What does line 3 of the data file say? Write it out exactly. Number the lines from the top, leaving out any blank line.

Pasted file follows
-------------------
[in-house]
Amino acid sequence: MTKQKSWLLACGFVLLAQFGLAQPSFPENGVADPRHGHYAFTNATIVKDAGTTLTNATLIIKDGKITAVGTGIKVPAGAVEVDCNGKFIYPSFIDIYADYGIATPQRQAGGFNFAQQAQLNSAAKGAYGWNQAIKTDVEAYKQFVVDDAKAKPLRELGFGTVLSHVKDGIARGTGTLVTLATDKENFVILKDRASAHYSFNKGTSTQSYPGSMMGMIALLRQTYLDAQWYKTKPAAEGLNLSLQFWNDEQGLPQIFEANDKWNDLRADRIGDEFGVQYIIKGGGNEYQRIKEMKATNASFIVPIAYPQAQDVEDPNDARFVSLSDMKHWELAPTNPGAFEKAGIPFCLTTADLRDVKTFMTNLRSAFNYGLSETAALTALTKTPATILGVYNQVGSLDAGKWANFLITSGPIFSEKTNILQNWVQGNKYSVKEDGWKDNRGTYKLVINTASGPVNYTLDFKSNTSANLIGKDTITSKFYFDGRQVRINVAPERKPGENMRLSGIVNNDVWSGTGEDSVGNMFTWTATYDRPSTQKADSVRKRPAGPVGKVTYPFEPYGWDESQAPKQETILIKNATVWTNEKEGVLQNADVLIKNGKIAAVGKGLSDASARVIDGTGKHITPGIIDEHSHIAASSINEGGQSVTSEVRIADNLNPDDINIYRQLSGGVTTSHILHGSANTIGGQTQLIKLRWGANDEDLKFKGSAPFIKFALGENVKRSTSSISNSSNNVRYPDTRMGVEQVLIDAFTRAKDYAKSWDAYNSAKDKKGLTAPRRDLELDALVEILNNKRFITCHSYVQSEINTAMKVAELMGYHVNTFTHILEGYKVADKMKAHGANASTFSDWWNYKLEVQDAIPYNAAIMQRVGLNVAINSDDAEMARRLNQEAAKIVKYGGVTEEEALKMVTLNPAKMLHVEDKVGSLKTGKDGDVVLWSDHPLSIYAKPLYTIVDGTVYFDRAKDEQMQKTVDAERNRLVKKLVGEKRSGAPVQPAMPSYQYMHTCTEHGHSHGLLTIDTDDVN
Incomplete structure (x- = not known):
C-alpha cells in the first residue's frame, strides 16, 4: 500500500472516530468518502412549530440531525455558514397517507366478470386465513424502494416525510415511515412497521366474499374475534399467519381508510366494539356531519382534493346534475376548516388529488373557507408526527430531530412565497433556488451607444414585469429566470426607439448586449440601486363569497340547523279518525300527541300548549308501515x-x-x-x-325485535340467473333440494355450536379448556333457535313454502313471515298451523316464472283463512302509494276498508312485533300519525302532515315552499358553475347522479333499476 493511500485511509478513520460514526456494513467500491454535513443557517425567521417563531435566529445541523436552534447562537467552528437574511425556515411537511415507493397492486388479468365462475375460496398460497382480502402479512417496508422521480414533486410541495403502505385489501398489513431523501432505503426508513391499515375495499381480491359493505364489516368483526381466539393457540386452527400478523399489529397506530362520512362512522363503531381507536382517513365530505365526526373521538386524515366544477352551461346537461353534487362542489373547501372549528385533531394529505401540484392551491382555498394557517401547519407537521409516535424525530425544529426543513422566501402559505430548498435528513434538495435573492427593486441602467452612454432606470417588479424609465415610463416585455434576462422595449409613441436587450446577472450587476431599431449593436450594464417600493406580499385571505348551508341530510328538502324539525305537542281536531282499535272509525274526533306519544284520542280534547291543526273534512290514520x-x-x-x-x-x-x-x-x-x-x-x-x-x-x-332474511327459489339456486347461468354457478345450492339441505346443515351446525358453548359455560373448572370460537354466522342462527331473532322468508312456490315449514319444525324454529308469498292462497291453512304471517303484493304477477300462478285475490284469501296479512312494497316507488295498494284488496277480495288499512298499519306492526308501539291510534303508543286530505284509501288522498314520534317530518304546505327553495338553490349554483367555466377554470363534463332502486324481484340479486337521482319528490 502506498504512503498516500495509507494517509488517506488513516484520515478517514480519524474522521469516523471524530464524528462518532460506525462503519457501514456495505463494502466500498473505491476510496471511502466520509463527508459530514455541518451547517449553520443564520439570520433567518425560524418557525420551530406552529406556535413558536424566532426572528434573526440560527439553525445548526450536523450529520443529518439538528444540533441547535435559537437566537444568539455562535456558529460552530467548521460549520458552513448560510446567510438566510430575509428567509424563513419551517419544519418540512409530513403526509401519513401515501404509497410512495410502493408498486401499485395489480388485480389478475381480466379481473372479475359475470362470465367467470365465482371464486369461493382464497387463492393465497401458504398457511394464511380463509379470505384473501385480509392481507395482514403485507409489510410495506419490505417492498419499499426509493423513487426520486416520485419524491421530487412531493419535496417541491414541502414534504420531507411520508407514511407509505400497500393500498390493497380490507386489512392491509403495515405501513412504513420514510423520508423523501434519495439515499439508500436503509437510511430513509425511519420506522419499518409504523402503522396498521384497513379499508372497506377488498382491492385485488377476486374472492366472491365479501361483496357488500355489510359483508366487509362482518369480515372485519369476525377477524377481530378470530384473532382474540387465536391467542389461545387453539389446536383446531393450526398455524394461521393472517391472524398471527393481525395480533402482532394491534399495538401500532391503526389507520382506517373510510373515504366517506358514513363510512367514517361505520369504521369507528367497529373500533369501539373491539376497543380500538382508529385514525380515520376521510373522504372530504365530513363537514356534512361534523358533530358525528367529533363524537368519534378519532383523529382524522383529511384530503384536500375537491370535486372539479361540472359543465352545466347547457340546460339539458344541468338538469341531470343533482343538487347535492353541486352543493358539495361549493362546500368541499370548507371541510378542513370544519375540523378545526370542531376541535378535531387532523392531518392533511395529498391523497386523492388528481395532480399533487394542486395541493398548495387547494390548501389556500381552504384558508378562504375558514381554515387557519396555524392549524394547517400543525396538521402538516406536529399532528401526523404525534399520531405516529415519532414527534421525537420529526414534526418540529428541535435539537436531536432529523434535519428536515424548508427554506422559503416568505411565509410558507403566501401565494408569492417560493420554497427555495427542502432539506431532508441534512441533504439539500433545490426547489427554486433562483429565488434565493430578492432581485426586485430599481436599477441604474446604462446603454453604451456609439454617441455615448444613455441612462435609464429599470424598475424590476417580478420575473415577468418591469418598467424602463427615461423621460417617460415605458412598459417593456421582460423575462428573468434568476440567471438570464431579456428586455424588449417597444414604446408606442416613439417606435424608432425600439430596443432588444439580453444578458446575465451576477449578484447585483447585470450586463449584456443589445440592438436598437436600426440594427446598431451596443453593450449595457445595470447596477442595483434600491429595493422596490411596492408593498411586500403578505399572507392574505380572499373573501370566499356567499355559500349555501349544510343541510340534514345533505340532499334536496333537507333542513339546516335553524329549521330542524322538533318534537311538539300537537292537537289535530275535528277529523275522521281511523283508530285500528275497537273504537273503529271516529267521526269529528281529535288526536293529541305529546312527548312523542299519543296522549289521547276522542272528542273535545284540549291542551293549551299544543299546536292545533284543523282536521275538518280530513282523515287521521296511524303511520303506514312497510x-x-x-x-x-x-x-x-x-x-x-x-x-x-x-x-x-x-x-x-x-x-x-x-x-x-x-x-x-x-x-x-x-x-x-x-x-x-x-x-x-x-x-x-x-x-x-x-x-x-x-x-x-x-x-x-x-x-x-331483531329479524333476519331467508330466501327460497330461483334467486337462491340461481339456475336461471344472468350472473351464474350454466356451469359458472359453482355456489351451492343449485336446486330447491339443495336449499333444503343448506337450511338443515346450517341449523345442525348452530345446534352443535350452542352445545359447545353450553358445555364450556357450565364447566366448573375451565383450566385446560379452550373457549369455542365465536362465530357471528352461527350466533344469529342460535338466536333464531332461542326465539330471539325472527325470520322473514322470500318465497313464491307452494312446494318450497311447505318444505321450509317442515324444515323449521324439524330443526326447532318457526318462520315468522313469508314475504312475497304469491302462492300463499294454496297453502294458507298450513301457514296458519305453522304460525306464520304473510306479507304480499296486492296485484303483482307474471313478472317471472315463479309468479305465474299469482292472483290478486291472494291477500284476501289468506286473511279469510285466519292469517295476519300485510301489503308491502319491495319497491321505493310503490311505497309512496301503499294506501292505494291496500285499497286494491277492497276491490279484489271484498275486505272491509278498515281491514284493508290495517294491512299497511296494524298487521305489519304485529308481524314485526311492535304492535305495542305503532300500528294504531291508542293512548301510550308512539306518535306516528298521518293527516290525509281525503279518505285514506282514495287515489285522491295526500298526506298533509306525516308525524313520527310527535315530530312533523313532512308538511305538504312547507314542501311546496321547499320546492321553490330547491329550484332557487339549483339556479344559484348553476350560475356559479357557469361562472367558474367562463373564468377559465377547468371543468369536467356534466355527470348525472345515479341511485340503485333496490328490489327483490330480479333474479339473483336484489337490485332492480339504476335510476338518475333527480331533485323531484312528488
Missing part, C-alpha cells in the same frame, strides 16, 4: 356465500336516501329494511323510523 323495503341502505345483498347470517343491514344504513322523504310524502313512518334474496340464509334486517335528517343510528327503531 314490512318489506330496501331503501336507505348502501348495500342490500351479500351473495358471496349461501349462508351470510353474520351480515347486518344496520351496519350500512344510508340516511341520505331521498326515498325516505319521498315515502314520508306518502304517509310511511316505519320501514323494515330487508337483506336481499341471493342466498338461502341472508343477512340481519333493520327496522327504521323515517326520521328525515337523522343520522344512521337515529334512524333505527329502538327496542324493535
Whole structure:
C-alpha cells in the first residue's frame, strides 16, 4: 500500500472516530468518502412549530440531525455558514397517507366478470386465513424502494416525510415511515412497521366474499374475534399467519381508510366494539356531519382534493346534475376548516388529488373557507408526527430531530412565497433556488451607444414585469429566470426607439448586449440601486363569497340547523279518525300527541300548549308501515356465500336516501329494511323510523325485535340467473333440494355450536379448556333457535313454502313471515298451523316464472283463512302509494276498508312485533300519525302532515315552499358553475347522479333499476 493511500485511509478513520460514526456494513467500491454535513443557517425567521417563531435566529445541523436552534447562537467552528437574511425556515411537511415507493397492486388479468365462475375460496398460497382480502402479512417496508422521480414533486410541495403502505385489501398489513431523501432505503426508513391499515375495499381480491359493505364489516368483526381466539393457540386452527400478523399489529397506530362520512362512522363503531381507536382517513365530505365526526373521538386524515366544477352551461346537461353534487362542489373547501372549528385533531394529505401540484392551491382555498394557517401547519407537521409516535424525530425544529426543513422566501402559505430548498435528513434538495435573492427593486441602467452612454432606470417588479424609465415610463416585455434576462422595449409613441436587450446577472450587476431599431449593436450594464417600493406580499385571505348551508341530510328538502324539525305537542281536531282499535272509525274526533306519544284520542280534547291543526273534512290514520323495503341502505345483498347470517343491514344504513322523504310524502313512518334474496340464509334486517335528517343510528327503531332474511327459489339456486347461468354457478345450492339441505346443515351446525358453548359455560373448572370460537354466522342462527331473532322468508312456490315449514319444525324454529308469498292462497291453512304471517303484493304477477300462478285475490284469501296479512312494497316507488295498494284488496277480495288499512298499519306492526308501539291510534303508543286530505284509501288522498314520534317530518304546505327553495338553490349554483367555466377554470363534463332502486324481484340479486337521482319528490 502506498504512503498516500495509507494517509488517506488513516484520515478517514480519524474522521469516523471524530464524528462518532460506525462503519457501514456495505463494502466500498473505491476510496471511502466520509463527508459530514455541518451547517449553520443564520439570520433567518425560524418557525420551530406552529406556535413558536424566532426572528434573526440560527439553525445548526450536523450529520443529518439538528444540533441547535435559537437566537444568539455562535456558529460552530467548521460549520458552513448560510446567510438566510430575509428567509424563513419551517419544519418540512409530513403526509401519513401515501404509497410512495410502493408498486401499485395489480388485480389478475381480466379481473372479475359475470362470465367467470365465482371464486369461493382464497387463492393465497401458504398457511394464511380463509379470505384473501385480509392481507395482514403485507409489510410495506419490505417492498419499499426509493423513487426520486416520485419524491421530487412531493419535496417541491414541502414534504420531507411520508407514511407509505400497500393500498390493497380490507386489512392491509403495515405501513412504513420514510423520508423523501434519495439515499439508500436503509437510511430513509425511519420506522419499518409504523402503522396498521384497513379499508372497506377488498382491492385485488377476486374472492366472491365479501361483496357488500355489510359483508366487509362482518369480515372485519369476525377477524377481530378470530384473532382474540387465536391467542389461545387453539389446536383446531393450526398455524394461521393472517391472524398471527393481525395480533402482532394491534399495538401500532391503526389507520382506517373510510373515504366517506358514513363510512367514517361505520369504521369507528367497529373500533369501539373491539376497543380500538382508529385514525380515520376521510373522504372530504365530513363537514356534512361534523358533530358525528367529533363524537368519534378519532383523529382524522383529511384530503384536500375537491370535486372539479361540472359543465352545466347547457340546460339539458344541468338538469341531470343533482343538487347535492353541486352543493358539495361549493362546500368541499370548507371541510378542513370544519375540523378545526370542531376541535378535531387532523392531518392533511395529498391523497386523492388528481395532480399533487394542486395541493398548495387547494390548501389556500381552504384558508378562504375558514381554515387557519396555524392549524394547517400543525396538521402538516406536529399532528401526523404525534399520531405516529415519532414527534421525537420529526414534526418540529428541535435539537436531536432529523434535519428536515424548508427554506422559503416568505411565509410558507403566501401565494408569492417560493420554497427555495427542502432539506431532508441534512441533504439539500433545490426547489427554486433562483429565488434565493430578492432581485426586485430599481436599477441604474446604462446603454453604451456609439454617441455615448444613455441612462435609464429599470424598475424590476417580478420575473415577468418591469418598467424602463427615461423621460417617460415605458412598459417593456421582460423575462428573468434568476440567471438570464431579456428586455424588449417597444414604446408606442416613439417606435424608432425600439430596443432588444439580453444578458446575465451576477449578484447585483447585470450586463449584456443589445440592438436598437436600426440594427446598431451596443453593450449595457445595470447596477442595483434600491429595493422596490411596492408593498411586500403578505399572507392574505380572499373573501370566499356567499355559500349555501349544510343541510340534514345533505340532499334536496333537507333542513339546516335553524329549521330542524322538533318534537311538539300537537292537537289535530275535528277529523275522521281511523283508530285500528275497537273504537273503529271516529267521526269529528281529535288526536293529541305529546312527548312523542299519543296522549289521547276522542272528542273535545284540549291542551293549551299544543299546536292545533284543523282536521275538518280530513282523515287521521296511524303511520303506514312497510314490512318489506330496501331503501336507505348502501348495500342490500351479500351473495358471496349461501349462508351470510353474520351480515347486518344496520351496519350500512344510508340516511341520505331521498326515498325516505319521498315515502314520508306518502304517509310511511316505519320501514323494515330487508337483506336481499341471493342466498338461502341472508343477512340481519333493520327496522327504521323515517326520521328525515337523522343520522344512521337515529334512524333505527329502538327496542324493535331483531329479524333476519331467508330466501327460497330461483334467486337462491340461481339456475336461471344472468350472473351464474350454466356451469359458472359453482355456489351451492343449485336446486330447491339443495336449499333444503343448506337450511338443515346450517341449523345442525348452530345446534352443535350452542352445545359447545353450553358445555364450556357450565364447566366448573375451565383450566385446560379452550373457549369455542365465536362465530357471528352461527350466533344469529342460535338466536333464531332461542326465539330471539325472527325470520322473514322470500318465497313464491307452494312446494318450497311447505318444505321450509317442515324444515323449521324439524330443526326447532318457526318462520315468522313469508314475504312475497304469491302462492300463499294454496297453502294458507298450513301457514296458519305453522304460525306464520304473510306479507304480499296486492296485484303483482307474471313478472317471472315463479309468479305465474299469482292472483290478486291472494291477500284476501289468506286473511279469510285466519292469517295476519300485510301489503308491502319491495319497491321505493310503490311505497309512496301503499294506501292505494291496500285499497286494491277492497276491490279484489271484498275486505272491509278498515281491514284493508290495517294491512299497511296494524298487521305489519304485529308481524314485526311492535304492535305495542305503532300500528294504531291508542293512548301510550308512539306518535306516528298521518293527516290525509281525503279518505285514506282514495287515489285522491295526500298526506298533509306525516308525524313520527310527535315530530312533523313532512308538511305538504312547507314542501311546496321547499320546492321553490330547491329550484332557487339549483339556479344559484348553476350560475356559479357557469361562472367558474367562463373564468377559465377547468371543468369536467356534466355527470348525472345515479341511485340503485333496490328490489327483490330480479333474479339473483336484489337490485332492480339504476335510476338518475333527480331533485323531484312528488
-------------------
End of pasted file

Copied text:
Incomplete structure (x- = not known):